One afternoon, Kristen’s 12-year old son Max and his friends downloaded a free app from an unsecured and unregulated site that led him to add special effects to their selfies. Problem was, this app contained a virus. When Max connected his phone on his home network, the virus was able to connect to other devices on the network and search for valuable financial data.
Sadly, there was lots to find. Kristen, like many of us, used her email folders as a kind of filing cabinet. Her email contained all sorts of sensitive information, including banking information that the cybercriminals were able to use to commit fraud.
Kristen discovered she’d been hacked after $10K had disappeared from personal accounts. The unexplained withdrawal was the first sign of trouble. She immediately contacted the various banks where money was missing, but the fraudsters had already transferred the money out of the country.
Cybercriminals are increasingly sophisticated and their full-time job is to steal from you. But there is much you can do to protect yourself. October is Cybersecurity Awareness Month, an ideal time to strengthen your cyber defenses.
Here’s where you can start:
Because most hackers work by infecting devices with malware through rogue apps and downloaded files, the first step to securing your digital presence is a good cleanse. Get everyone in the family to do the same.
How to declutter and clean your devices:
- Get rid of apps you’re not using, which will help save space while keeping your phone more secure.
- Purge digital files from your “download folder” and “recycle bin,” which may hold sensitive information. Review and empty the trash on all devices.
- Unsubscribe from emails and newsletters via your email provider, which reduces the risk of clicking on malware links. Most reputable email providers have the ability to unsubscribe on your behalf.
- Download and archive the emails you want to save, and delete the emails you don’t need — including sent items.
Protect your devices
Make sure you and everyone in the family take advantage of reliable protections on the market:
- Install a mobile security software, such as Lookout, to help keep your mobile device more secure.
- Stay up to date. Providers regularly issue updates to keep you more secure. Update your anti-virus software and operating system on all your devices, including laptops, PCs, and yes, even all Apple devices to keep your information more secure.
- Encrypt files on your laptop or PC, so that no one can easily access information without your permission.
To further avoid being the target of fraud, be mindful of what information is posted online about you and your family.
Be more anonymous online
- Less is more when it comes to social media, as cybercriminals can use what is posted against you. They can target you specifically with the information shared, such as your whereabouts, vacations, hobbies, family pictures, etc. Once a cybercriminal has your information they can potentially access your financial and other accounts.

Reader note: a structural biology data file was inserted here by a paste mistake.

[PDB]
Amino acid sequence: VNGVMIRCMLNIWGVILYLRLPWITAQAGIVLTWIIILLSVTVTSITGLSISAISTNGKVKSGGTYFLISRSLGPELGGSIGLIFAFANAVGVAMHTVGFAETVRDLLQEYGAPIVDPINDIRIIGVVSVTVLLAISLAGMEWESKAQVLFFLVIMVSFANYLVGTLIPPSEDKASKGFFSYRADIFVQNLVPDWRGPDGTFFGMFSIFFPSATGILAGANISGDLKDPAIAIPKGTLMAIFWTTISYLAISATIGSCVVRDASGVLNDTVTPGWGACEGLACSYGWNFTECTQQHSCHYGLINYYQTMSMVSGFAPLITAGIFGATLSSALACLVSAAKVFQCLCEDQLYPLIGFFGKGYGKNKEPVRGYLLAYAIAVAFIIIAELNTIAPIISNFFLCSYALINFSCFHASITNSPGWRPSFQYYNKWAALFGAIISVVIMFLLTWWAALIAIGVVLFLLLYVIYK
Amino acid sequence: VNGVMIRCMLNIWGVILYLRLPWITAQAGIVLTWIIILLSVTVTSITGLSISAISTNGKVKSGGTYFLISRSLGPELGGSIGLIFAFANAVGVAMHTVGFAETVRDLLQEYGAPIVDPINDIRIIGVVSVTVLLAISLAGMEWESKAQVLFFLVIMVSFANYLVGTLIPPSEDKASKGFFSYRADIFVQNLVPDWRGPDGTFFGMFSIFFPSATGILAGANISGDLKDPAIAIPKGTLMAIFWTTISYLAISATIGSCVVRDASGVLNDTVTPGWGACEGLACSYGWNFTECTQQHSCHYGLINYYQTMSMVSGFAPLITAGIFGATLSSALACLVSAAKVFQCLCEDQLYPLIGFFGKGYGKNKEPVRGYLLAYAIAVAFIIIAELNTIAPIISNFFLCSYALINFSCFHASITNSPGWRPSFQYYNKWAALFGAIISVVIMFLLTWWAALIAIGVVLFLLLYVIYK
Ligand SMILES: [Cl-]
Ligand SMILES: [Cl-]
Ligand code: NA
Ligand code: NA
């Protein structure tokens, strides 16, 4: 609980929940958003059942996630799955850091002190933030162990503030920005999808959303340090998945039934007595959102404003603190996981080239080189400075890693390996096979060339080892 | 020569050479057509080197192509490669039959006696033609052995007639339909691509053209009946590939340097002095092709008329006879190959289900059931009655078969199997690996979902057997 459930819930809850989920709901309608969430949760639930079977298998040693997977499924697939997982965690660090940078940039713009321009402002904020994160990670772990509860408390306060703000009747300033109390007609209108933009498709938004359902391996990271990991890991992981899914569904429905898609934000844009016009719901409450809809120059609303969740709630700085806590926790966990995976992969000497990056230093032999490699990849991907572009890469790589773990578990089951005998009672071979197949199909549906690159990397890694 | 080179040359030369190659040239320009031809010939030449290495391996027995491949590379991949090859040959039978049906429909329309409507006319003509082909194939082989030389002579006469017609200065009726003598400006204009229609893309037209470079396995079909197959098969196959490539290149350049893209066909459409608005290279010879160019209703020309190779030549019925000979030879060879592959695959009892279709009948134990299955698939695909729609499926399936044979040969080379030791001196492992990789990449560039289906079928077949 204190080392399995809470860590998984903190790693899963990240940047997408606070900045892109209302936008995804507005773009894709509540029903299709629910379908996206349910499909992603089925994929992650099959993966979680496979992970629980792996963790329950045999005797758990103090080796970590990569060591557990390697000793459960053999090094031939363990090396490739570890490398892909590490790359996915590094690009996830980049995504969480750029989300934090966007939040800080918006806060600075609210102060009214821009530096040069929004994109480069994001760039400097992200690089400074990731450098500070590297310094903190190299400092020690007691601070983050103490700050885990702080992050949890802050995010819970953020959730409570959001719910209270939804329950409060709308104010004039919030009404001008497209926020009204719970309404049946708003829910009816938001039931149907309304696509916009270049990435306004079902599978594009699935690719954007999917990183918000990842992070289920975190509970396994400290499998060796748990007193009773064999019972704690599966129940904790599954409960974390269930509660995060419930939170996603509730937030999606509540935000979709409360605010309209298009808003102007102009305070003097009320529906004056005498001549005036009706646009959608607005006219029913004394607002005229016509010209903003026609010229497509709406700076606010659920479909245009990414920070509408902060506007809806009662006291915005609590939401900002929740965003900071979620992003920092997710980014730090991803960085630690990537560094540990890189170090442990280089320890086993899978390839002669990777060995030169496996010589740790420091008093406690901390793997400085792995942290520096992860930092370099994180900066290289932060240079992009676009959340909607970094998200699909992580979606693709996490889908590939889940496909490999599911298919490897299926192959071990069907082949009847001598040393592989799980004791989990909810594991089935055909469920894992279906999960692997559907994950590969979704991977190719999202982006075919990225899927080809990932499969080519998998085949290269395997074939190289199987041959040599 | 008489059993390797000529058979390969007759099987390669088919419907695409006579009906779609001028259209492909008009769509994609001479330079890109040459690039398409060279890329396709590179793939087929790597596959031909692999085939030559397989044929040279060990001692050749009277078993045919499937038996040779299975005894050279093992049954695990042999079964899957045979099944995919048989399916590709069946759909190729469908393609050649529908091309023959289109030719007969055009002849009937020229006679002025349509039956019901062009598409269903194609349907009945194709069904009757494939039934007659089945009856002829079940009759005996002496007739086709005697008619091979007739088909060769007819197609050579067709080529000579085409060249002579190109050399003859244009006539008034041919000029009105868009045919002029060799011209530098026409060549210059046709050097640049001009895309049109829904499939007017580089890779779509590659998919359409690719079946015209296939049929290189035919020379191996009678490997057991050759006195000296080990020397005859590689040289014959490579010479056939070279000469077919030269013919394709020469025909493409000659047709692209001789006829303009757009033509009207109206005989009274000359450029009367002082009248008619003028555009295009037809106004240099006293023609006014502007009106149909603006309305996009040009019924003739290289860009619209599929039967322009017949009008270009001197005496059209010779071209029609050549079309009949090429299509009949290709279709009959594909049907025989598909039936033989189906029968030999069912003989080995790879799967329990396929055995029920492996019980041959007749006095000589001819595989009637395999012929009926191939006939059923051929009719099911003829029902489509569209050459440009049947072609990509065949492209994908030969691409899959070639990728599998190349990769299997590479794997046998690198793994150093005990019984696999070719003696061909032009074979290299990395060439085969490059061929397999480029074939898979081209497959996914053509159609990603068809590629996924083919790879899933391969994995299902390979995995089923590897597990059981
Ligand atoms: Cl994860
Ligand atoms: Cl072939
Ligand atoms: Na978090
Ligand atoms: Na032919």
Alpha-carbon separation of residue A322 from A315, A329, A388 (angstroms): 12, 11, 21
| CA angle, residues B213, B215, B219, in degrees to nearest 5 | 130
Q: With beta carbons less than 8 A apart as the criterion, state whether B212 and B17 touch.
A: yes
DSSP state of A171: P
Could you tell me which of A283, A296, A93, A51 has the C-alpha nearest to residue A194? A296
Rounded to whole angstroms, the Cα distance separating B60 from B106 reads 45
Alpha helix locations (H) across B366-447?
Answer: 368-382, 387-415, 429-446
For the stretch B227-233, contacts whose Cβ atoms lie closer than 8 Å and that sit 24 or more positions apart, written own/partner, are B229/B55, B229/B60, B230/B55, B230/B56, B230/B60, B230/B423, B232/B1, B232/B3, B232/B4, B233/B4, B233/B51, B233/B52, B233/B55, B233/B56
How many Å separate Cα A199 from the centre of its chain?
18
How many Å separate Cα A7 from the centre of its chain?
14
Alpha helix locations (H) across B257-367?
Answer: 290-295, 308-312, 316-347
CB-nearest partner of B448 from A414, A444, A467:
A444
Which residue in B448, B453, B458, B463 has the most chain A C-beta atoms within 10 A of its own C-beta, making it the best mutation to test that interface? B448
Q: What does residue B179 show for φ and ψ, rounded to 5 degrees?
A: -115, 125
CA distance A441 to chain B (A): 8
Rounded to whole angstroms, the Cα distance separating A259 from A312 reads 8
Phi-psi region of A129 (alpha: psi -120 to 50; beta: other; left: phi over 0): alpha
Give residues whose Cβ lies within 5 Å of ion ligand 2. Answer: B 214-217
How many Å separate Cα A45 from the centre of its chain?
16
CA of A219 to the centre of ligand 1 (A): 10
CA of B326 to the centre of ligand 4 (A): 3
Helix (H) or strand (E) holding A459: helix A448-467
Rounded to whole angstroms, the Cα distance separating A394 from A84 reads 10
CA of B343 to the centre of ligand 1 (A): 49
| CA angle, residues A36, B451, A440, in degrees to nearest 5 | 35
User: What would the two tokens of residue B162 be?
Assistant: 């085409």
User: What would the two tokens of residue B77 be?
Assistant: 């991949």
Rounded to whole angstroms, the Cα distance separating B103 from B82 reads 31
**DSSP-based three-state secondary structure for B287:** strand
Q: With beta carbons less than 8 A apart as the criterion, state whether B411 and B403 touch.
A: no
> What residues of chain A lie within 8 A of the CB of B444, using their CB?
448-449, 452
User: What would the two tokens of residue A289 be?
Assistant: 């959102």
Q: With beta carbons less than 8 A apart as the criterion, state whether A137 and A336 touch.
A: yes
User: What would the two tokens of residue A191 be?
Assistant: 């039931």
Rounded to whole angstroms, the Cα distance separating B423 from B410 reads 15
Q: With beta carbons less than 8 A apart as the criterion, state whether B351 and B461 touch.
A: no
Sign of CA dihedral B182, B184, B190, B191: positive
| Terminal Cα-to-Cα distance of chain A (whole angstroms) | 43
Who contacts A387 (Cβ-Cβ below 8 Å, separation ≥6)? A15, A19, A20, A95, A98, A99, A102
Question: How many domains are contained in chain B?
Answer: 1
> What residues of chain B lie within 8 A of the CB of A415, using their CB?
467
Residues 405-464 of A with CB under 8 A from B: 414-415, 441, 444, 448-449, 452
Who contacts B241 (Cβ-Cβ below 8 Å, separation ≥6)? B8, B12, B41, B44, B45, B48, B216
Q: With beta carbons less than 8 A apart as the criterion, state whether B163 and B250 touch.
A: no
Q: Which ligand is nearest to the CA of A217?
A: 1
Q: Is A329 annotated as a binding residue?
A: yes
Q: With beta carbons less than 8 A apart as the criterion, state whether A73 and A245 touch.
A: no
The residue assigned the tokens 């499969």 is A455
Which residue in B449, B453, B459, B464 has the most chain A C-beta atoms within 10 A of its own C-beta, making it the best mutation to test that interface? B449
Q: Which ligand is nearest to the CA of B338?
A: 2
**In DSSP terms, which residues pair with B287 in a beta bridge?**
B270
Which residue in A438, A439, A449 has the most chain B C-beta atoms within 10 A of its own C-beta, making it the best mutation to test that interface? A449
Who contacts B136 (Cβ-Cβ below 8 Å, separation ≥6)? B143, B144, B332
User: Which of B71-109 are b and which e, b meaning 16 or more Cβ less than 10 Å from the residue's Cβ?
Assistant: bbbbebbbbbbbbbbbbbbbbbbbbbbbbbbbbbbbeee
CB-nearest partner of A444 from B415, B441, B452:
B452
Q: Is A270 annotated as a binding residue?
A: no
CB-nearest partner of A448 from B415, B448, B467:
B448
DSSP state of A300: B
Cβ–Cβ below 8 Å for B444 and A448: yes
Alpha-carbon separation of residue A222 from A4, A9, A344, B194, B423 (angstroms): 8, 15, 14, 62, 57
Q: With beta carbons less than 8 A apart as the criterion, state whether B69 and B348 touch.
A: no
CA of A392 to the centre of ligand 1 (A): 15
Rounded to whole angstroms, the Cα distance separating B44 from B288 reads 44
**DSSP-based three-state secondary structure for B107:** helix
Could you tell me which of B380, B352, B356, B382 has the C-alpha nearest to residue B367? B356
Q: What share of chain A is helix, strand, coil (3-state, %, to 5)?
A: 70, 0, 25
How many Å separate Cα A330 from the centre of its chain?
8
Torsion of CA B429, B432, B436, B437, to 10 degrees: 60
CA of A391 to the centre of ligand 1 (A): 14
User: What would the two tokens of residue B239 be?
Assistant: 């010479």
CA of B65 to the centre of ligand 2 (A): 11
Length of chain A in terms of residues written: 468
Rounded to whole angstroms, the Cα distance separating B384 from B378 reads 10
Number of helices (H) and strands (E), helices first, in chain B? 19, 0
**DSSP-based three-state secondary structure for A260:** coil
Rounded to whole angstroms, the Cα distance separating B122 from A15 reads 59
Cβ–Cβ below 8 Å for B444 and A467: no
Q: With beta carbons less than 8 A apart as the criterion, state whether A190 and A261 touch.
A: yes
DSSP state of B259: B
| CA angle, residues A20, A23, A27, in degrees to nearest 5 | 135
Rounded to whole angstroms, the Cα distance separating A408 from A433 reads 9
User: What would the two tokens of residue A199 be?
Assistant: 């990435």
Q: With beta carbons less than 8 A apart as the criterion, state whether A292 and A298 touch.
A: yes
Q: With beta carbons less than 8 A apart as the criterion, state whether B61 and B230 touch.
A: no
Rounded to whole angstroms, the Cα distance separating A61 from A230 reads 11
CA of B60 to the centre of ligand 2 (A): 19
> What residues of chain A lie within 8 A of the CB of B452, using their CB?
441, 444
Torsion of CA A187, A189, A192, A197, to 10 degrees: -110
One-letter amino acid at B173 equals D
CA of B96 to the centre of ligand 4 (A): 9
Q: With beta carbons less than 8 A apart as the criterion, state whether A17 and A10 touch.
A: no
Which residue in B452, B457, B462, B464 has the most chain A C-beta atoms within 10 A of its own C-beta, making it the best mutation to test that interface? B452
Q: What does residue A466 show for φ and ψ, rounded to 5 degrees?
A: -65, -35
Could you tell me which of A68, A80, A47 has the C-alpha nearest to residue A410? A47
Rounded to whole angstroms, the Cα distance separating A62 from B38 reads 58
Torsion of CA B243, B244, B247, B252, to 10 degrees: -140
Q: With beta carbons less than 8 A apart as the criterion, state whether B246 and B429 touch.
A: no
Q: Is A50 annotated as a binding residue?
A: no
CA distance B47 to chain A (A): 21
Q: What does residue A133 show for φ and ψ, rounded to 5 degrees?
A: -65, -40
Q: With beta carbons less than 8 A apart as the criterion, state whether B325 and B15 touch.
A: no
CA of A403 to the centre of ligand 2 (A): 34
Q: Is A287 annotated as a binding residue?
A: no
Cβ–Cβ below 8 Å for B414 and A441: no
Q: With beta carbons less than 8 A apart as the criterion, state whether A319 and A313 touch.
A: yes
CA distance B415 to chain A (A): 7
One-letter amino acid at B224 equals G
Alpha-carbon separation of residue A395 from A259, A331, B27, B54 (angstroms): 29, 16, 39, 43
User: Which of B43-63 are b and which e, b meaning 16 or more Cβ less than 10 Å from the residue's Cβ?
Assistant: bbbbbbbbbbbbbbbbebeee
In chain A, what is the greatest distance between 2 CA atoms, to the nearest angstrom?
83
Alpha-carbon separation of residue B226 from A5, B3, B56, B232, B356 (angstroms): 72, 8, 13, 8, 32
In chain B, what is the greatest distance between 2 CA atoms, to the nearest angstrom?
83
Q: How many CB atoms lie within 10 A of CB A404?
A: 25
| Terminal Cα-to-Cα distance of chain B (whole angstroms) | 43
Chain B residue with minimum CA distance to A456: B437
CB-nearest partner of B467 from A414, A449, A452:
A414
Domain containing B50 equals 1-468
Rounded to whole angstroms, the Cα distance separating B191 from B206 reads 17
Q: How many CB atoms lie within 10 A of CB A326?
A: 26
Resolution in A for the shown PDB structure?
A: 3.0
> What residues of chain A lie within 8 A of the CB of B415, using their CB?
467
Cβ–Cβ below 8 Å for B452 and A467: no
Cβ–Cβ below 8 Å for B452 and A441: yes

- Use different emails for different purposes; separate emails you use for communication and create new ones to log on to sites, receive receipts, and newsletters.
- Own your online presence; review the privacy and security settings on your mobile devices, apps, web browsers, etc. and ensure they’re at your comfort level for sharing. Limit how and with whom you share information, and check that apps are only accessing information they need.
- Use a Virtual Private Network (VPN) if you have to use public/travel/hotel WiFi to help keep your information out of the hand of cybercriminals.
Strengthen your defenses
- Download apps only from official sites, such as the Apple App Store and Google Play. Let your children know the dangers that rogue apps pose to the entire family.
- Strengthen all passwords; use numbers, letters and special characters; use a phrase, a song title or something not easily guessed by hackers. It is important to use different passwords on different sites. Consider using a reputable password manager to help you manage all your passwords easily and safely.
- Use two-factor authentication wherever offered, such as with email providers, social media, banking sites and retail providers, to protect yourself from an account takeover.
- Sign up for alerts to make you aware of potential compromise or misuse of your information and accounts
- Freeze your credit in the United States with the three major credit agencies to prevent anyone from opening new financial accounts in your name.
- Verify, verify, verify. Whether it appears to be an email from someone you know, a report or invoice you were expecting, or a call from a known vendor, you should remain cautious. Call the sender via a known or trusted phone number to validate authenticity.
We can help
Cybersecurity is a key concern for J.P. Morgan; we are dedicated to protecting your financial life. J.P. Morgan has a variety of educational services to help you take the next step in becoming more cyber secure. Reach out to your J.P. Morgan representative to learn more about how we can help you.